27 free videos from the ELC and FOSDEM 2008 conferences. Extensive technical report from ELC 2008.

After participating to the Embedded Linux Conference (ELC) in Mountain View, and to FOSDEM in Brussels, we are pleased to release the videos that we managed to shoot.

These videos should be useful to anyone interested in the multiple topics covered by these very interesting conferences, either to people who couldn’t join these conferences, or to single core participants who couldn’t attend more than one presentation at once. These videos are also interesting opportunities to see and hear key community members like Andrew Morton, Keith Packard, Henry Kingman, Tim Bird and many others!

While we’ve been releasing free technical videos for a few years now, ELC is the first conference for which we are also offering an extensive report, written by Thomas Petazzoni, one of our kernel and embedded system developers. This report is trying to sum up the most interesting things learned at this conference, at least from the presentations Thomas could attend. This way, you shouldn’t have to view all the videos to identify the most interesting talks.

Creative commons In agreement with the speakers, these videos and the report are released under the terms of the Creative Commons Attribution-ShareAlike 3.0 license.

We hope that sharing this knowledge will attract new contributors and users, and will bring our community one step closer to world domination…

Embedded Linux Conference, Mountain View, Apr. 2008

Don’t miss our detailed report on the below presentations!

  • Keynote: The Relationship Between kernel.org Development and the Use of Linux for Embedded Applications, by Andrew Morton (Google):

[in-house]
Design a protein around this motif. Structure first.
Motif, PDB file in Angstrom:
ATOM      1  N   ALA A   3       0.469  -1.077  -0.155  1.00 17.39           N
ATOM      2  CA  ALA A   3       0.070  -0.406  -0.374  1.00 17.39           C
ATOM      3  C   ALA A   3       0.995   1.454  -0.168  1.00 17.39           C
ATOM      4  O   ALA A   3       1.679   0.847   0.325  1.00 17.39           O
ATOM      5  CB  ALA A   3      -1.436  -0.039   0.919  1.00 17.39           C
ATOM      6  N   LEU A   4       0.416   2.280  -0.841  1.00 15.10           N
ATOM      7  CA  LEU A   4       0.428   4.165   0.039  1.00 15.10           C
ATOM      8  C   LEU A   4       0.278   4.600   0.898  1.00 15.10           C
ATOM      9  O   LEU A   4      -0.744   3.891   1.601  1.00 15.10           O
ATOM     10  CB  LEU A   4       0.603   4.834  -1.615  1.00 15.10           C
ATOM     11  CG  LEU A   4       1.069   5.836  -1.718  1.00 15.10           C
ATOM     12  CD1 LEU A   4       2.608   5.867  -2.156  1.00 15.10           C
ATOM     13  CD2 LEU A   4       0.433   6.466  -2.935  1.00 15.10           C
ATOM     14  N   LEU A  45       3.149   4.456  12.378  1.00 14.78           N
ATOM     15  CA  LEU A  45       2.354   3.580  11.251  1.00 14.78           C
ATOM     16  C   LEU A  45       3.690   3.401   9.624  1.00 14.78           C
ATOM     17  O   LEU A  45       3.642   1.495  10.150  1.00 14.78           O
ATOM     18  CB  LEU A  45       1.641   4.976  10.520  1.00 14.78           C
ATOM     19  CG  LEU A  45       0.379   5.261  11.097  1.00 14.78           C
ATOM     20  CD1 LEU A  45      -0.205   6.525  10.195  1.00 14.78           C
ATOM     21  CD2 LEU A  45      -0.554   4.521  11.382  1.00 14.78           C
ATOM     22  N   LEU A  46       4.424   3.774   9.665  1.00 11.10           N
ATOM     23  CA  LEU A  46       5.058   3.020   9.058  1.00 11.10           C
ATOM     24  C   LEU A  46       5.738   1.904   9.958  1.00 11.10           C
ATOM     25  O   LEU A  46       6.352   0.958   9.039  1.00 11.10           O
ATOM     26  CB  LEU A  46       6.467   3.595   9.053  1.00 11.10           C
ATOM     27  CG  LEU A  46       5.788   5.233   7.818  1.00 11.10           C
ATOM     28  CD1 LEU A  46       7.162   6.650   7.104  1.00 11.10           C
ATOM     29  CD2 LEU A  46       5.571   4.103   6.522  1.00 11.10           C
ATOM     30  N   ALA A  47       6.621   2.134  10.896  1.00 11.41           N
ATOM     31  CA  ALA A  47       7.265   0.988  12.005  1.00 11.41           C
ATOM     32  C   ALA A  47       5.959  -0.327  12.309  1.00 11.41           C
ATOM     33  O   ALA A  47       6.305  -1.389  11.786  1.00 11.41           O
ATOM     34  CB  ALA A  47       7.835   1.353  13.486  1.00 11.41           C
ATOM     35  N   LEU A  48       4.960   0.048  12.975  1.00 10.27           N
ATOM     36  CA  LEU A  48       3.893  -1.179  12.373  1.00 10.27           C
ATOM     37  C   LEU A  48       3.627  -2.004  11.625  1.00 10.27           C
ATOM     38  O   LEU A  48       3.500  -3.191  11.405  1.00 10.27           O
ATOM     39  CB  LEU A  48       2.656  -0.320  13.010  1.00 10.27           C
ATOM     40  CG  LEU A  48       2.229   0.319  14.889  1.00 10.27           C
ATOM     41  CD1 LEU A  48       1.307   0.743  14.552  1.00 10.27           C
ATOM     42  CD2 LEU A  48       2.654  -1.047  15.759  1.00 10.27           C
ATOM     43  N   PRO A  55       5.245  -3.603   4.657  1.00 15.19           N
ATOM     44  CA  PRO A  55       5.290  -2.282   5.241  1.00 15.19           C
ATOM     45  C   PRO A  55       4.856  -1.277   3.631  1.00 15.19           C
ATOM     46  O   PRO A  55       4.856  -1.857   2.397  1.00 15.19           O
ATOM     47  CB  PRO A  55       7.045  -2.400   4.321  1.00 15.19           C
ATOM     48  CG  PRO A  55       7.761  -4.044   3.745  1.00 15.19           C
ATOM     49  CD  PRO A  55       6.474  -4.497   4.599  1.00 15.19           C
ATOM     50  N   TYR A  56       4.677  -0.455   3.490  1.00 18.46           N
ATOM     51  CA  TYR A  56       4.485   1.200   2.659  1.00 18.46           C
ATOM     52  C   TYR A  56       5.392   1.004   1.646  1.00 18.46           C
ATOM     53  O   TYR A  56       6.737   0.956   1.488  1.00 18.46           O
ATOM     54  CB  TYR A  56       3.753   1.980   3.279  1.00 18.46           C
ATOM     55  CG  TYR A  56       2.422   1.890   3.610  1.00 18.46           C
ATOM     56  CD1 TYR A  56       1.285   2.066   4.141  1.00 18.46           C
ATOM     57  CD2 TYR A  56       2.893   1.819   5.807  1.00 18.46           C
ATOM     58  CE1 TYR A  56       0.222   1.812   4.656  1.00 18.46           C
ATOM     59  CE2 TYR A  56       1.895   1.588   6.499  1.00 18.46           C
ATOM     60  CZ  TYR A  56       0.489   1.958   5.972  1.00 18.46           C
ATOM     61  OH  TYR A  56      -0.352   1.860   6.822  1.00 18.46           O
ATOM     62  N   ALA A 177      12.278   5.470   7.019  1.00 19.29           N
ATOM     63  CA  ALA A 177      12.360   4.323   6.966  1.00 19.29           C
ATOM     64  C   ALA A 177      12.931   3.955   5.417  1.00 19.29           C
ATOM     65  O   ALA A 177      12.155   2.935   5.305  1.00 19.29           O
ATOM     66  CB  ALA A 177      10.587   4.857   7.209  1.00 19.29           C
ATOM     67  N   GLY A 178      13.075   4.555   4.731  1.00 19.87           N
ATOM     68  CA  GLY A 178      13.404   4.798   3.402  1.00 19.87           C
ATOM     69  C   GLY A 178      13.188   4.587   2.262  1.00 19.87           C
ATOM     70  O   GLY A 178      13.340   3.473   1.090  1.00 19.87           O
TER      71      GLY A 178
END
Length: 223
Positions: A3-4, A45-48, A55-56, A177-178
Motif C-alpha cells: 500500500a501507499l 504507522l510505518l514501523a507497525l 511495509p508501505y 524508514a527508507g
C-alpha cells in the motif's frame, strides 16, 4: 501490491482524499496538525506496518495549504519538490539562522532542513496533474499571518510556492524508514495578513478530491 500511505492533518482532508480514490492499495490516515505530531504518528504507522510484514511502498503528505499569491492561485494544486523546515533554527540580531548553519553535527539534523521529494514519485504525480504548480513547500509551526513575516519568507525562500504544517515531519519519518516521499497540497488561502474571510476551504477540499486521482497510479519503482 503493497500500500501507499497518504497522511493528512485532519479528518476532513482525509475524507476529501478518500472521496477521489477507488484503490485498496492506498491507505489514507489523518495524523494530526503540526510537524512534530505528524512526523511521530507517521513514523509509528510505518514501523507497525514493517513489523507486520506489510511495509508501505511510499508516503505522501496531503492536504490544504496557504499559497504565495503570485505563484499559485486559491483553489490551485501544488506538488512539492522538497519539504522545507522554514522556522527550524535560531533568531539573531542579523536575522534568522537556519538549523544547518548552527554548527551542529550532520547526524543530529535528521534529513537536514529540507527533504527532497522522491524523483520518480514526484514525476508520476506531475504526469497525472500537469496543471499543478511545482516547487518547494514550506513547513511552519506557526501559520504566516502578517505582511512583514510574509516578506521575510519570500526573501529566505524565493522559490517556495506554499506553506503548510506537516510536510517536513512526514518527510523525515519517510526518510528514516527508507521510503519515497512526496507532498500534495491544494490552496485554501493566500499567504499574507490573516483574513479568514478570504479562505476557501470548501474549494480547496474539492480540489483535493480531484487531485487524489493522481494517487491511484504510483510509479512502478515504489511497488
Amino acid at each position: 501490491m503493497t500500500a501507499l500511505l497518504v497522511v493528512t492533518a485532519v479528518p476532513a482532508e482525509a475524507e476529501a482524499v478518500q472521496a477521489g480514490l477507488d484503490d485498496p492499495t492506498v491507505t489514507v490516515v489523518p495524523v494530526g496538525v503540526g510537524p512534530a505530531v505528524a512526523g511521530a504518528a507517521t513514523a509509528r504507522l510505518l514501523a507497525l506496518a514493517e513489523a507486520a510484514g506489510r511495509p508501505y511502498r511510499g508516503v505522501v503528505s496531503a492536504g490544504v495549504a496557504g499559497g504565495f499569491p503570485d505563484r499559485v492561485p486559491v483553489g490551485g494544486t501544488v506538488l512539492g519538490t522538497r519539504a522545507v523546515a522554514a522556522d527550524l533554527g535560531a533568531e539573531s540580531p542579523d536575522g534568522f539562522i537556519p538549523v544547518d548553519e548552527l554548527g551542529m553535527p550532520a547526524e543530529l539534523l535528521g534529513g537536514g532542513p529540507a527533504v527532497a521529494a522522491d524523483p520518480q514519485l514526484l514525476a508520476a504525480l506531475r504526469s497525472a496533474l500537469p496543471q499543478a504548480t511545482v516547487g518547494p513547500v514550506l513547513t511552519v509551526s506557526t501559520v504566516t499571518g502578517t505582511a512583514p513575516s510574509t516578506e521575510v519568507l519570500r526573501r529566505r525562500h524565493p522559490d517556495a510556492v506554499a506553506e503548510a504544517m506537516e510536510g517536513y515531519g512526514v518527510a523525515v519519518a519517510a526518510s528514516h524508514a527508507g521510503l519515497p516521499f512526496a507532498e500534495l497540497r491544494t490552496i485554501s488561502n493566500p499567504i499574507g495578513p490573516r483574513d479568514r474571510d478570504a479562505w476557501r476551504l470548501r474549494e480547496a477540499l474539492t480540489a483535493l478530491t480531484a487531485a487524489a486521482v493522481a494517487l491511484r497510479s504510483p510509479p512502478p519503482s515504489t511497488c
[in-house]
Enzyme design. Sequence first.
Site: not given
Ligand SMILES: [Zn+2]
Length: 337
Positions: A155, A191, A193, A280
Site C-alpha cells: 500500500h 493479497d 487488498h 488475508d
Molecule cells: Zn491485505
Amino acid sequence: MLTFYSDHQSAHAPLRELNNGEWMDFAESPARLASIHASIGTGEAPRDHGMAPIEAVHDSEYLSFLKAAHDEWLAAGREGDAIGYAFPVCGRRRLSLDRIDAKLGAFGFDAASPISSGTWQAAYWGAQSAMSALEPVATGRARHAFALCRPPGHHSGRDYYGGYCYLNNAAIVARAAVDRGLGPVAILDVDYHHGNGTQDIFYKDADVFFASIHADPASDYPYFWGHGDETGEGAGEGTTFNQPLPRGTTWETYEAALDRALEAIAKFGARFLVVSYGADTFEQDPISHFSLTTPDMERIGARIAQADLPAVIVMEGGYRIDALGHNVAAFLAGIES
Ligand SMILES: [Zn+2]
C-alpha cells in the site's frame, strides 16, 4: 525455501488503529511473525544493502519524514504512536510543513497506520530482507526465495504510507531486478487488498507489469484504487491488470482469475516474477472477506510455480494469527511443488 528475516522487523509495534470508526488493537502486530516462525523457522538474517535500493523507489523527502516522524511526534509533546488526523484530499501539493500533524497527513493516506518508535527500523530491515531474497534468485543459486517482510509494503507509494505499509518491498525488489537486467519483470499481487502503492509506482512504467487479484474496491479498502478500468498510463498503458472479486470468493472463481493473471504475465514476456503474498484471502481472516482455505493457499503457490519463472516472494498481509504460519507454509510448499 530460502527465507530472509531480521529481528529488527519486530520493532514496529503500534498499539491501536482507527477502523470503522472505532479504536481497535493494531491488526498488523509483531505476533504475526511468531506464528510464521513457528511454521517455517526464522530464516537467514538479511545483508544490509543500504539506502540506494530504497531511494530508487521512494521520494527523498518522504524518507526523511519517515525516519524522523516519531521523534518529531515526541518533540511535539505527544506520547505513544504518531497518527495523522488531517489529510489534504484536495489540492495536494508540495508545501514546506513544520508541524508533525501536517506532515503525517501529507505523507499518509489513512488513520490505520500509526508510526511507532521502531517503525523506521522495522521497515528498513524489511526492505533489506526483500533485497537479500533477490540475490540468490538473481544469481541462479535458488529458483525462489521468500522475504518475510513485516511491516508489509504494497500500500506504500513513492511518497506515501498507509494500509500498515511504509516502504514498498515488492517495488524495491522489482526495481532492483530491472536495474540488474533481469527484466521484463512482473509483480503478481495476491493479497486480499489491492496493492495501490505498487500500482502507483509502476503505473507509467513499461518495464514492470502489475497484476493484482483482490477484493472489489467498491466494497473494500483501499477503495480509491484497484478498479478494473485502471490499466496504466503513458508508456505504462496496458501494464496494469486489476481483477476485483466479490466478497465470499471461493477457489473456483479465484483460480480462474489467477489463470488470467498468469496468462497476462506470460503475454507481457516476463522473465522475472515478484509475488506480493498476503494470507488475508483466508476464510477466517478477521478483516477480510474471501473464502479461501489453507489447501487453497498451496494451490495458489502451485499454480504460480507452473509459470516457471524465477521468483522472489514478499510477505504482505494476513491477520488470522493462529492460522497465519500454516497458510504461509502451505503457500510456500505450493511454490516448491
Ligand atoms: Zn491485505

video, slides (55 minutes, 240 MB)
  • UME – Ubuntu Mobile and Embedded, by David Mandala (Canonical):
    video, slides (30 minutes, 145 MB)
  • Appropriate Community Practices: Social and Technical Advice, by Deepak Saxena (MontaVista):
    video (thanks to Kevin Hilman, MontaVista)(44 minutes, 139 MB)
  • Adventures In Real-Time Performance Tuning, by Frank Rowand:
    video,slides (50 minutes, 251 MB)
  • Shifting Sands: Lessons Learned from Linux on an FPGA, by Grant Likely:
    video, slides (44 minutes, 262 MB)
  • Disko – An Application Framework for Digital Media Devices, by Guido Madaus:
    video (27 minutes, 190 MB)
  • Keynote: Tux in Lights, by Henry Kingman (LinuxDevices.com):
    video, slides (44 minutes, 139 MB)
  • Back-tracing in MIPS-based Linux Systems, by Jong-Sung Kim (LG Electronics):
    video, slides
    (54 minutes, 160 MB)
  • Making a Phone Call With Phase Change Memory, by Justin Treon (Numonyx):
    video, slides (28 minutes, 159 MB)
  • Building Blocks for Embedded Power Management, by Kevin Hilman (MontaVista):
    We couldn’t film his presentation, but we already shot a similar presentation he gave at Fosdem 2008: video ((56 minutes, 183 MB)
  • Using Real-Time Linux, by Klaas van Gend (MontaVista):
    video, slides (53 minutes, 263 MB)
  • Every Microamp is Sacred – A Dynamic Voltage and Current Control Interface for the Linux Kernel, by Liam Girdwood (Wolfson Microelectronics):
    video, slides (35 minutes, 71 MB)
  • Power Management Quality of Service and How You Could Use it in Your Embedded Application, by Mark Gross (Intel):
    video, slides (57 minutes, 401 MB)
  • OpenEmbedded for product development, by Matt Locke (Embedded Alley):
    video, slides (49 minutes, 141 MB)
  • Kernel Size Report, and Bloatwatch Update, by Matt Mackall (Selenic Consulting):
    video (49 minutes, 146 MB)
  • Leveraging Free and Open Source Software in a Product Development Environment, by Matt Porter (Embedded Alley):
    video, slides (45 minutes, 220 MB)
  • Using a JTAG for Linux Driver Debugging, by Mike Anderson (PTR Group):
    video, slides (113 minutes, 694 MB)
  • DirectFB Internals – Things You Need to Know to Write Your DirectFB gfxdriver, by Takanari Hayama ():
    video (43 minutes, 200 MB)
  • Linux Tiny – Penguin Weight Watchers, by Thomas Petazzoni (Free Electrons):
    video (thanks to Jean Pihet, MontaVista), slides (32 minutes, 140 MB)